Results are nearly equivalent in both photo and video mode. The automatic white balance system of the Pentax KP worked very well. The average saturation is very high—111.3 percent—but this result is based on the dark blue nuances that are extremely boosted and shifted into the magenta area.

Sharpness: The Pentax KP showed some disappointing results in our resolution tests. The ISO 12.233 chart was reproduced with 3,048 of 4,000 lines per picture height, even though the camera uses image enhancement algorithms that cause “overshot effects” of nearly 18 percent. Images have a slightly softer look than usual. Some contrast lines on the ISO 12.233 chart show halos and double contours.

This image of the standard test box was done in P mode at ISO 100. The result is a little underexposed (-1/3 EV stop) and shows some highly saturated colors. The dark blue thread spool and the dark blue pattern of the “Kodak Color Control Patch” are boosted and have a very high magenta rate.

Noise: Up to ISO 51,200 mode, the Pentax KP works very well and reproduces all scenes with an acceptable level of luminance and color noise—at least when compared to most other APS-C systems. Higher ISO speed modes, especially ISO 409,600 and ISO 819,200, show extreme results because of the combination of very high noise levels and very intense anti-noise filtering. Images taken in both modes aren’t usable. In our opinion Pentax should have used a lower ISO speed (therefore gain limit) like ISO 25,600 as the maximum mode in standard settings and perhaps ISO 102,400 as a maximum for additional high modes.

While the standard test box is extremely saturated, the model image taken with the Pentax KP looks undersaturated and pale. The differentiation of red nuances is very good due to the lower saturation.

The Pentax KP performed excellently in our dynamic range tests. The Stouffer 4110 chart was reproduced with a maximum of 11.1 f/stops. The camera shows a high level of dynamic range even in higher ISO speed settings. Up to ISO 6400 the dynamic range results run between 10 to 11 f/stops.

Comments on Video Functions
The new Pentax DSLR offers video recording with Full HD resolution. The camera records video clips as MOV files (Apple QuickTime) with H.264 compression. Besides its Full HD modes, it offers HD modes (1280x720 pixels). Pentax also mentions a “4K” mode for videos, but this mode is the interval (“time lapse”) shooting mode.

The Pentax KP is able to record up to 30 full frames per second (fps). Besides this maximum and NTSC-compatible frame rate, it also offers a PAL-compatible mode with 25 fps and a “cine” mode with 24 fps. In addition, it offers interlaced frame modes like 60i and 50i, but these modes do not really make sense on high-resolution LCDs without interlaced frame reproduction.

To start video recording the photographer has to switch the lever on the top into its “video mode” position. In addition to its normal “live preview” mode this “video mode” sets the electronic viewfinder to an aspect ratio of 16:9 and activates video recording when the photographer presses the normal shutter release button (the camera doesn’t have an additional video recording button so the photographer can’t record video clips while working in photo mode).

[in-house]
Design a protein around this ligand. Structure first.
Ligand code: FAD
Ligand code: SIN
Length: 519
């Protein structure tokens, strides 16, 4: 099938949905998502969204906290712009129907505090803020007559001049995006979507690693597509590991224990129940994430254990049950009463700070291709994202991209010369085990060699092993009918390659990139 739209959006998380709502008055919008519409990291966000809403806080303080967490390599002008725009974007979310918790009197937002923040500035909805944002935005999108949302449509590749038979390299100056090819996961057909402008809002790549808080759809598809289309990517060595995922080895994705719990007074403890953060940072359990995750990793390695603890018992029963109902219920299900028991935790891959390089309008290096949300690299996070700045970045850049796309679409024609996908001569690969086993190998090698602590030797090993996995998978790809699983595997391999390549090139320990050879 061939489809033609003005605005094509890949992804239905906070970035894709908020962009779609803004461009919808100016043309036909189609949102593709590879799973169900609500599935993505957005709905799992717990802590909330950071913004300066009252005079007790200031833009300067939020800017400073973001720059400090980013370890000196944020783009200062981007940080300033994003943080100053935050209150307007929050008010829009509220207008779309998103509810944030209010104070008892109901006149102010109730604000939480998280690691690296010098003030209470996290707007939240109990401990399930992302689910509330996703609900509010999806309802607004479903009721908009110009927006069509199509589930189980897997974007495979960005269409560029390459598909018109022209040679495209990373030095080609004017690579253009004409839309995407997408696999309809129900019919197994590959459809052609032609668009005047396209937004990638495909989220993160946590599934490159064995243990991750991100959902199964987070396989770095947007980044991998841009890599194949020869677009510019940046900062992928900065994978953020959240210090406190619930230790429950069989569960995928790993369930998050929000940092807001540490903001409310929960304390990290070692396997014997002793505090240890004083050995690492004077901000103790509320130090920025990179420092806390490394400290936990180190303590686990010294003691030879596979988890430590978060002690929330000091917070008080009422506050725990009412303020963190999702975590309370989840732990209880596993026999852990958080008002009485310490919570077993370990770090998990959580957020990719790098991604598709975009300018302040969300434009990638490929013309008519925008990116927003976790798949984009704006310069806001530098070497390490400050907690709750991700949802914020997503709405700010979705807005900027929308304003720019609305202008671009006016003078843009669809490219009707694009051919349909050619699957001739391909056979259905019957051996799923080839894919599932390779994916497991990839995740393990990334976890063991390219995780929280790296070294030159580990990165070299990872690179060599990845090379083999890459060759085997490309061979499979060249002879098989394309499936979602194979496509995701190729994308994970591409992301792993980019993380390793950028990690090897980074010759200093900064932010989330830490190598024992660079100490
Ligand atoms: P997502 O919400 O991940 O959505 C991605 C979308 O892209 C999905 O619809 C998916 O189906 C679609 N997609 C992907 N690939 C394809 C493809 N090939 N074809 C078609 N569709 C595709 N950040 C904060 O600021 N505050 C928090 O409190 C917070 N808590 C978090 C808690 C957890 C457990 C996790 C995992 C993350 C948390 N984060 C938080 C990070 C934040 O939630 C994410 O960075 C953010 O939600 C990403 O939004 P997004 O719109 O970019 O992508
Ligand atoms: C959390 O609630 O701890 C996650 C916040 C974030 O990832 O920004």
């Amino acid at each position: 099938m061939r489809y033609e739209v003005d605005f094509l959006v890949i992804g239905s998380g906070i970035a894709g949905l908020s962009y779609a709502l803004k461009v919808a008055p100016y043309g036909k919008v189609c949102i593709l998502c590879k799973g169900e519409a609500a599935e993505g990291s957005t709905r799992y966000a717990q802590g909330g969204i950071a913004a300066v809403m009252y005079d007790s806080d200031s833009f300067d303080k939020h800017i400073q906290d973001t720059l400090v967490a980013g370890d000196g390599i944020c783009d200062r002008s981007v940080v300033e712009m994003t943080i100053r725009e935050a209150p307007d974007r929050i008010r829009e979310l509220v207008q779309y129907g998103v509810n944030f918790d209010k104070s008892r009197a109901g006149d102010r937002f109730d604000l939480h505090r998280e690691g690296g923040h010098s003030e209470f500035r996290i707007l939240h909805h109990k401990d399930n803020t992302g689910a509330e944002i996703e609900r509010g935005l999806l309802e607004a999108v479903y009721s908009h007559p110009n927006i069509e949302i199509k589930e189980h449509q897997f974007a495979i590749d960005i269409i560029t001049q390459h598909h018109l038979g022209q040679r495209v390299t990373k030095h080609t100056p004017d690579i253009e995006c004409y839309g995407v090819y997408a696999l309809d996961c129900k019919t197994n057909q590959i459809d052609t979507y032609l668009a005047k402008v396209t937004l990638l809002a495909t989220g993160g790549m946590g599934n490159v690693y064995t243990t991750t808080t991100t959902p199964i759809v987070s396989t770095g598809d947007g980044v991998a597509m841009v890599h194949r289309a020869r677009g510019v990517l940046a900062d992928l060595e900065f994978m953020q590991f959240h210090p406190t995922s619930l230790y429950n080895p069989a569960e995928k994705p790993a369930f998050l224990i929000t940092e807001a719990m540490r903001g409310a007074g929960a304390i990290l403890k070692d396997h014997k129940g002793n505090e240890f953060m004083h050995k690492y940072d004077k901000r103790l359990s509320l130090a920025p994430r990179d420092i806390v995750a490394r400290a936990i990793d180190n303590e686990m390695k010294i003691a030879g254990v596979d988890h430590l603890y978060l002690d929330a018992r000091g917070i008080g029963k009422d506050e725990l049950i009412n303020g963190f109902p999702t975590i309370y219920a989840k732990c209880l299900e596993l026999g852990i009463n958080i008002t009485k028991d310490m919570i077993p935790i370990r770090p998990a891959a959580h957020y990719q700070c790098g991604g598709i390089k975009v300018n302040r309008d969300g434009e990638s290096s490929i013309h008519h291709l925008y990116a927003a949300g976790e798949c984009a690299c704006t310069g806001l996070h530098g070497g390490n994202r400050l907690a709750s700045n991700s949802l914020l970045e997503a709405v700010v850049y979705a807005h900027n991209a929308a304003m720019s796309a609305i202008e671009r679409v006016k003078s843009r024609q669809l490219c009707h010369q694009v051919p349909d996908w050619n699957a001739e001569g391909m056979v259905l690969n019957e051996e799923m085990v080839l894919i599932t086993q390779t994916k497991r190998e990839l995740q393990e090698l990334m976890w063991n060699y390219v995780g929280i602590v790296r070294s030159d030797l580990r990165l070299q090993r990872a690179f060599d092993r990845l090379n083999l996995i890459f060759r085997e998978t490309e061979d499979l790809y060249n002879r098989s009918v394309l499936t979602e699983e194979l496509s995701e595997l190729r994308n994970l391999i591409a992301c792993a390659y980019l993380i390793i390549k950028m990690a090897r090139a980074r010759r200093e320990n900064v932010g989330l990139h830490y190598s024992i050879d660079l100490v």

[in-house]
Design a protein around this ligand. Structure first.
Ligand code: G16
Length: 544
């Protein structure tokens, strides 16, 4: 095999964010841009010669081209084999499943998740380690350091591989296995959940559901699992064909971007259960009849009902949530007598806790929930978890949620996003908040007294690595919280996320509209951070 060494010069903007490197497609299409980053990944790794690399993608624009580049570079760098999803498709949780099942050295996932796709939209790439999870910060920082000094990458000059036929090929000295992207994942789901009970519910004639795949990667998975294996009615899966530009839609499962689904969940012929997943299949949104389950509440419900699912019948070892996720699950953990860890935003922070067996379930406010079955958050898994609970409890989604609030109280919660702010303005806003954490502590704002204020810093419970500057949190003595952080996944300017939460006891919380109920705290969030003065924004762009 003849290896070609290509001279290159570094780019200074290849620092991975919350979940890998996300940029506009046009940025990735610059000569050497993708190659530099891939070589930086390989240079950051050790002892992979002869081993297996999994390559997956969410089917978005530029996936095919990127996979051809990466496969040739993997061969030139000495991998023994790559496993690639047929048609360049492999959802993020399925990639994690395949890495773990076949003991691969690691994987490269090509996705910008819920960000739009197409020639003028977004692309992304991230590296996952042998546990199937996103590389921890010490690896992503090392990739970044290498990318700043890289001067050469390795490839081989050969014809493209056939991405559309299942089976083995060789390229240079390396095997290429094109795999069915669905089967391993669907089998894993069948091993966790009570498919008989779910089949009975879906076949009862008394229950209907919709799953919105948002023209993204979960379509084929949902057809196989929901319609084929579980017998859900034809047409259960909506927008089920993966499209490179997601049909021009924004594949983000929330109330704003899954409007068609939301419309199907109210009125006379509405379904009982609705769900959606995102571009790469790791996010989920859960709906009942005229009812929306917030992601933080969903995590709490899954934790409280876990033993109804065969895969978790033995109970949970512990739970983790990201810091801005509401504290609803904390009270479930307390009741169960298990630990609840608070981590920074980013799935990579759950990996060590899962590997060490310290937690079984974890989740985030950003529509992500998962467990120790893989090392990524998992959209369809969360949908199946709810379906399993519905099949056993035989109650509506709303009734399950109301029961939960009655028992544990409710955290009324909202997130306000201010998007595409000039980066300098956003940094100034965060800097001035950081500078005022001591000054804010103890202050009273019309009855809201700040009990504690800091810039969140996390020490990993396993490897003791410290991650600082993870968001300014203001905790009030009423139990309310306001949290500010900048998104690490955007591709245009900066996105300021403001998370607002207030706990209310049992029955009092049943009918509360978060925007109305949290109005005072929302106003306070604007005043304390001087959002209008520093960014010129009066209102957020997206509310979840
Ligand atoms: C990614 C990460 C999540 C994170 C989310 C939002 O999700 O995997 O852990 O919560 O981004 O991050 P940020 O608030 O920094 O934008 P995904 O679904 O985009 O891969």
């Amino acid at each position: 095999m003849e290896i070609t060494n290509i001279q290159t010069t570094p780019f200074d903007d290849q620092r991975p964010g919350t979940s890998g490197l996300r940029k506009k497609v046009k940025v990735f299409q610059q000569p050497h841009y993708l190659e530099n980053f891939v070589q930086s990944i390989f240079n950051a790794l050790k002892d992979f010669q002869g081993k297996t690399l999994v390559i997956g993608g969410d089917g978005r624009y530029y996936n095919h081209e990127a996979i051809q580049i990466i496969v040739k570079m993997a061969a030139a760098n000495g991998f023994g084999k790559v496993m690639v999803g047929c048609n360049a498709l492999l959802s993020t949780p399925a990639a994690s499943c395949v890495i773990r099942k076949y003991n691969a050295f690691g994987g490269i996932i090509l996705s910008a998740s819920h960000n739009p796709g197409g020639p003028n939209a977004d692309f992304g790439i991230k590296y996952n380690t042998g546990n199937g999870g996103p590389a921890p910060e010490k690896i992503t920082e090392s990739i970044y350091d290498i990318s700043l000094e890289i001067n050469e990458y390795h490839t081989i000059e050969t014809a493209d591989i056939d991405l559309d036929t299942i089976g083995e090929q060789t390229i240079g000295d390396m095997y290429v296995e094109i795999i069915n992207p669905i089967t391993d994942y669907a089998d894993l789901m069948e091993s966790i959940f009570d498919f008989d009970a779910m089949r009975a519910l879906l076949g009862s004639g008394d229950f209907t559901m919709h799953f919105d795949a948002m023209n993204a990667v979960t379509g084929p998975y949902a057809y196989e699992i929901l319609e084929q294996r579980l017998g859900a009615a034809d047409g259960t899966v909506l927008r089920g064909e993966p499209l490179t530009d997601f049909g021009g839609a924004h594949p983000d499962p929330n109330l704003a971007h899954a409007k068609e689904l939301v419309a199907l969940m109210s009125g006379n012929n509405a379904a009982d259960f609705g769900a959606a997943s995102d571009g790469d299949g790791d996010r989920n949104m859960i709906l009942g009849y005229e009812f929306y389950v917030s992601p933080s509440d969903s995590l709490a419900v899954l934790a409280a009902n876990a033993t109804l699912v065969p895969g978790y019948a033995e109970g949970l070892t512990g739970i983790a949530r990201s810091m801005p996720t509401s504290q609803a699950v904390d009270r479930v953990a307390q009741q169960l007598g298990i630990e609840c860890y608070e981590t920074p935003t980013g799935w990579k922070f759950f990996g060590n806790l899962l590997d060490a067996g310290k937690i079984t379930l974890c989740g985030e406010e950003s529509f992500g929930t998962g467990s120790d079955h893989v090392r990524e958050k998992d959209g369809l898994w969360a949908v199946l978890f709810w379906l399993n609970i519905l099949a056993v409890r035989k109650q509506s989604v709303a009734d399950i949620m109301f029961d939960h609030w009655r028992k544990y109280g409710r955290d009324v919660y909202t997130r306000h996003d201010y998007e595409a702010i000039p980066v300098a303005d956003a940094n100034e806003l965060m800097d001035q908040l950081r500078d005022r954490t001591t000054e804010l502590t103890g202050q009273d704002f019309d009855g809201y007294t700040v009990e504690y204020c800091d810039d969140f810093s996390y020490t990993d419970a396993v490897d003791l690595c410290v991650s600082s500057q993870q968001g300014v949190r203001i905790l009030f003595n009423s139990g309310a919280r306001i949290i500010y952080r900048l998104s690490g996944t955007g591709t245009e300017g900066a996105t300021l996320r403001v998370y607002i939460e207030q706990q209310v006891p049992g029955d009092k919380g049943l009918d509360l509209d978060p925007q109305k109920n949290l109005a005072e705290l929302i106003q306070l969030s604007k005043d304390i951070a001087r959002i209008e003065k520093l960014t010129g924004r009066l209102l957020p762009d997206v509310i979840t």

The Pentax KP allows use of manual exposure settings in video mode. The ISO speed setting can be used in manual video mode and offers a setting between ISO 100 and ISO 25,600. Sound level can be adjusted and the camera offers a microphone jack for use of an external microphone for better sound quality.

Comments on Video Quality
In video mode, the Pentax KP showed similar results to its results in photo mode. The resolution result is a little disappointing (only 649 of 1,080 lines per picture height) and therefore most clips have a really smooth and nearly unsharp look. Where most other DSLRs or mirrorless cameras—whether working in 1080 or 4K mode—show a lot of details in all elements of challenging scenes (tiled roofs, for example), the Pentax KP shows nearly homogeneously filled color areas.

Like in photo mode the automatic white balance system did a very good job. All gray color patches are located in the center of our result chart. Some nuances of dark blue colors are reproduced with very high saturation, while most other color errors are on a low level. The noise results of the new Pentax KP in video mode are excellent. Due to its very soft and “smoothed” reproduction the noise level is very low. But dynamic range results are disappointing in video mode. The camera reproduced all scenes with very hard contrast. When reproducing the Stouffer 4110 chart, the maximum dynamic range was 9.8 f/stops, but at most higher ISO speeds the dynamic range results are significantly lower.

The Pentax KP (body only) has a list price of $1,099. For more information, visit

+ Easy handling and a lot of (sometimes unusual) features
+ Large and bright optical viewfinder with 100 percent field of view
+ Very compact and robust camera body
+ Weatherproof, dustproof

- Disappointing result in resolution test
- Heavy for a compact DSLR
- Somewhat low resolution on LCD screen
- No 4K video recording

(Lab Review is where we publish web-exclusive lab reports on cameras. To read more Lab Reviews, click on the Reviews tab on the top navigation bar of this page. New photo gear reports are published frequently, so check Reviews for more equipment evaluations from Shutterbug writers.)